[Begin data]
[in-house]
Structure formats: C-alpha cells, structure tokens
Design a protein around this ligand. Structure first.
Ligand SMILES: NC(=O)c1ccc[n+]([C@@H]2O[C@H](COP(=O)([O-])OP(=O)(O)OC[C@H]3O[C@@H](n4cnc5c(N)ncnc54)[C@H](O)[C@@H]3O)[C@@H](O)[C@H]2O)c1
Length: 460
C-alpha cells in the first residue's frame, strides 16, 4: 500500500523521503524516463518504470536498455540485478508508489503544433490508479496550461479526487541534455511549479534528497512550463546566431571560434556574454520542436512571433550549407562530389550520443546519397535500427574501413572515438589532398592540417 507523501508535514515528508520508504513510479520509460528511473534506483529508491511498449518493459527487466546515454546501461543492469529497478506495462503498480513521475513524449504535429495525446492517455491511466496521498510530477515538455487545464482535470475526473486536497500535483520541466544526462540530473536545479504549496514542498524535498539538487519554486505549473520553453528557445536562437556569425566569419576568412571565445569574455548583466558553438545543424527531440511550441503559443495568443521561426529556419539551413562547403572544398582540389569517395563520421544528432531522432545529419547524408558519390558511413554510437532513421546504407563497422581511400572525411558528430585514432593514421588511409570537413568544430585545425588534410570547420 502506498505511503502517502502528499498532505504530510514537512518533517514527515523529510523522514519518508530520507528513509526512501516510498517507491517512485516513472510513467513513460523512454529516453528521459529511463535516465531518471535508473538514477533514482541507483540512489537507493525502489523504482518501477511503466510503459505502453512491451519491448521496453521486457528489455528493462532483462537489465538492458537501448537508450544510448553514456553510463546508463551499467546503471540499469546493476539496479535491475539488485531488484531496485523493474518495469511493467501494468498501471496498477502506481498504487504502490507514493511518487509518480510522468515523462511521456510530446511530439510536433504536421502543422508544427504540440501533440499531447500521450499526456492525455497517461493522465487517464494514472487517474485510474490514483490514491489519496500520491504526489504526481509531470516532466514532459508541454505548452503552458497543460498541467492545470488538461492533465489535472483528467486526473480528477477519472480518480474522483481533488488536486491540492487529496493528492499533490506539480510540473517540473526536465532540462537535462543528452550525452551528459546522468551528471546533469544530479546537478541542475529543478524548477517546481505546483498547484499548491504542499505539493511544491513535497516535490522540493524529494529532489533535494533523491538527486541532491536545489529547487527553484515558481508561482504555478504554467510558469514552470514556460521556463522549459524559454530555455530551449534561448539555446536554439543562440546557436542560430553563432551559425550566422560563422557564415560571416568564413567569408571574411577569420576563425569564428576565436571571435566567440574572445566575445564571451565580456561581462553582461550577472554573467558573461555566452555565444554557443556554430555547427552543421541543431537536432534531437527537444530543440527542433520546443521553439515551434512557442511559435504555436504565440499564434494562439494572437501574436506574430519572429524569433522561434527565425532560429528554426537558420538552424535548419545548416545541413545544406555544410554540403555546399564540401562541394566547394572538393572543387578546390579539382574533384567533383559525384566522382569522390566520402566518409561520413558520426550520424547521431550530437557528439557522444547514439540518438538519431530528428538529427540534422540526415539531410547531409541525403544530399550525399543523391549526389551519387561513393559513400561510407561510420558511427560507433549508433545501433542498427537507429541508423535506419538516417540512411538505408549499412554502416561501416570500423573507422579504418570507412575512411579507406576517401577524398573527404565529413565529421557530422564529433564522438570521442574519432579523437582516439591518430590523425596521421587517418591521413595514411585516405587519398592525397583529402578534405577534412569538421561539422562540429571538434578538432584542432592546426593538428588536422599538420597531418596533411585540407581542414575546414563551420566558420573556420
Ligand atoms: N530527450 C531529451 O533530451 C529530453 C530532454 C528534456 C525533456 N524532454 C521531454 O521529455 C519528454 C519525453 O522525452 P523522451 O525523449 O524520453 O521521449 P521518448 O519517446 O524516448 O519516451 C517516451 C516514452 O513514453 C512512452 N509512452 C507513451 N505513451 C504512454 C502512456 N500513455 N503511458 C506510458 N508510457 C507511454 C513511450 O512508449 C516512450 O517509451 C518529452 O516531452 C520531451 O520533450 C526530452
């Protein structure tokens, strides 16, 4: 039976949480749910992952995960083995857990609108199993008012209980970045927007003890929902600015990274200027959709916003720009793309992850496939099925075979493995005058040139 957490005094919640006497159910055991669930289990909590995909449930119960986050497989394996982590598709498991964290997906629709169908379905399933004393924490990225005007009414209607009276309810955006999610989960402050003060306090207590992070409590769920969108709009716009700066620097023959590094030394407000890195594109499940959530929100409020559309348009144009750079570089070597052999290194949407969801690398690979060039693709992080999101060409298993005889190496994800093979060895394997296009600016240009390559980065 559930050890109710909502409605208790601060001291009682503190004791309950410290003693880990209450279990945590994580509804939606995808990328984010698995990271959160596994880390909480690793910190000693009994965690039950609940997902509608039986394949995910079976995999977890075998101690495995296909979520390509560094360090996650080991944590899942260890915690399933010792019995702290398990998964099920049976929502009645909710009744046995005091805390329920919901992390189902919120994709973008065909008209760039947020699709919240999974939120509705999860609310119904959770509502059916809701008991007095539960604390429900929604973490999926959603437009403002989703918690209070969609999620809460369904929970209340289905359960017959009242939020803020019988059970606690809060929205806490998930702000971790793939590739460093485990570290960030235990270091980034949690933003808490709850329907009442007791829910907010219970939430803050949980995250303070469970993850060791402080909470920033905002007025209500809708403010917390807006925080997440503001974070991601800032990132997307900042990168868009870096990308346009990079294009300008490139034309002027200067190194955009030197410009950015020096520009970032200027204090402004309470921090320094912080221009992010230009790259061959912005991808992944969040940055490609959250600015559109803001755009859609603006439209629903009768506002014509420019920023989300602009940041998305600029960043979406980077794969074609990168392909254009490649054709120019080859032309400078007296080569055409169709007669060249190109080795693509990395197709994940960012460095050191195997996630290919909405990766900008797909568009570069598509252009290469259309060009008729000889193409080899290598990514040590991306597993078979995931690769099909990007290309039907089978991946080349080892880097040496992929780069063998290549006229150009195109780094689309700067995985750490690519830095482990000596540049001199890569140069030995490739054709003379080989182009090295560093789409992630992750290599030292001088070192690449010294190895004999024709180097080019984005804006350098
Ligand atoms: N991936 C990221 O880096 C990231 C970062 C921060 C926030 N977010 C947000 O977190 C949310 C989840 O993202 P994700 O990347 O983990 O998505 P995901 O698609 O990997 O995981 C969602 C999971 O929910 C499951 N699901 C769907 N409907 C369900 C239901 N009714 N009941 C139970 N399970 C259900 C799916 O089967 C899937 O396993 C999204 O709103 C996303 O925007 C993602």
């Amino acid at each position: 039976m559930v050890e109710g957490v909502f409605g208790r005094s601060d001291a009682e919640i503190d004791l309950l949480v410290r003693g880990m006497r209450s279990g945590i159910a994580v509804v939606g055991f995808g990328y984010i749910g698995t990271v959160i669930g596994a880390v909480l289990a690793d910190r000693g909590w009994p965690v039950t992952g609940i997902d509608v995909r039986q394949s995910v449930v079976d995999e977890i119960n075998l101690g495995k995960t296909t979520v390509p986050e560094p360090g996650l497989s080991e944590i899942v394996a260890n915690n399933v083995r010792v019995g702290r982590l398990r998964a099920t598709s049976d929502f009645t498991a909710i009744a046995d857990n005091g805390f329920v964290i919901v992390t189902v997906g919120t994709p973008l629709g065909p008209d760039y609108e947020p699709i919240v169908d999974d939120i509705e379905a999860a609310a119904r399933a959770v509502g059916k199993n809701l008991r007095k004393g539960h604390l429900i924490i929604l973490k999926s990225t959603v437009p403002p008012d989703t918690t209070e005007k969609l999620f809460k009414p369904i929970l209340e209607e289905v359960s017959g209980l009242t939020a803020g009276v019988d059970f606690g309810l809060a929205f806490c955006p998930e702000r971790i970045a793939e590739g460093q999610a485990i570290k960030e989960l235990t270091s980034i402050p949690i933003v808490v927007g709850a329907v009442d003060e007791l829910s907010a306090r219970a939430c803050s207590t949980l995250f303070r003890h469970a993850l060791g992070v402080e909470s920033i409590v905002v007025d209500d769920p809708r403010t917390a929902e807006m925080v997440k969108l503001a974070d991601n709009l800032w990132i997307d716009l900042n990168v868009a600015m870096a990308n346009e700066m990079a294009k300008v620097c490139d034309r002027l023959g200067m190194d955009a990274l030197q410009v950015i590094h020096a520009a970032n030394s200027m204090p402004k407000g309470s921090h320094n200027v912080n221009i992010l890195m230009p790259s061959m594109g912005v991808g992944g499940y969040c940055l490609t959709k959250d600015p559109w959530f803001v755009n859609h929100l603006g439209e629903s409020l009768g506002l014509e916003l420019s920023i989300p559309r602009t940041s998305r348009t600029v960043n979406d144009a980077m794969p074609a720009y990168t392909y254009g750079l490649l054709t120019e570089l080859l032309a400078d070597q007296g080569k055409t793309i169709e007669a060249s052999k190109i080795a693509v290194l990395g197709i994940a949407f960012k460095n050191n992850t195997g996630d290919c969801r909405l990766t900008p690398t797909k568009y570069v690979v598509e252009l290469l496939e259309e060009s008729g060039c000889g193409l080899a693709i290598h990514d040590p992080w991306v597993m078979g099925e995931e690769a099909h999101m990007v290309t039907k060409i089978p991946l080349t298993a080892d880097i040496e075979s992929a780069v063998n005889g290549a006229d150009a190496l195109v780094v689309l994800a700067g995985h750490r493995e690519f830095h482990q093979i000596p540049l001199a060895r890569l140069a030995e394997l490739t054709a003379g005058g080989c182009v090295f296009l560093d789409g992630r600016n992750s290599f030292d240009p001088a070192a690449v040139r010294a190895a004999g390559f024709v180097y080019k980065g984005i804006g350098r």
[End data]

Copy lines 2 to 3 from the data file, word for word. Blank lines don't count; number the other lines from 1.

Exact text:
Structure formats: C-alpha cells, structure tokens
Design a protein around this ligand. Structure first.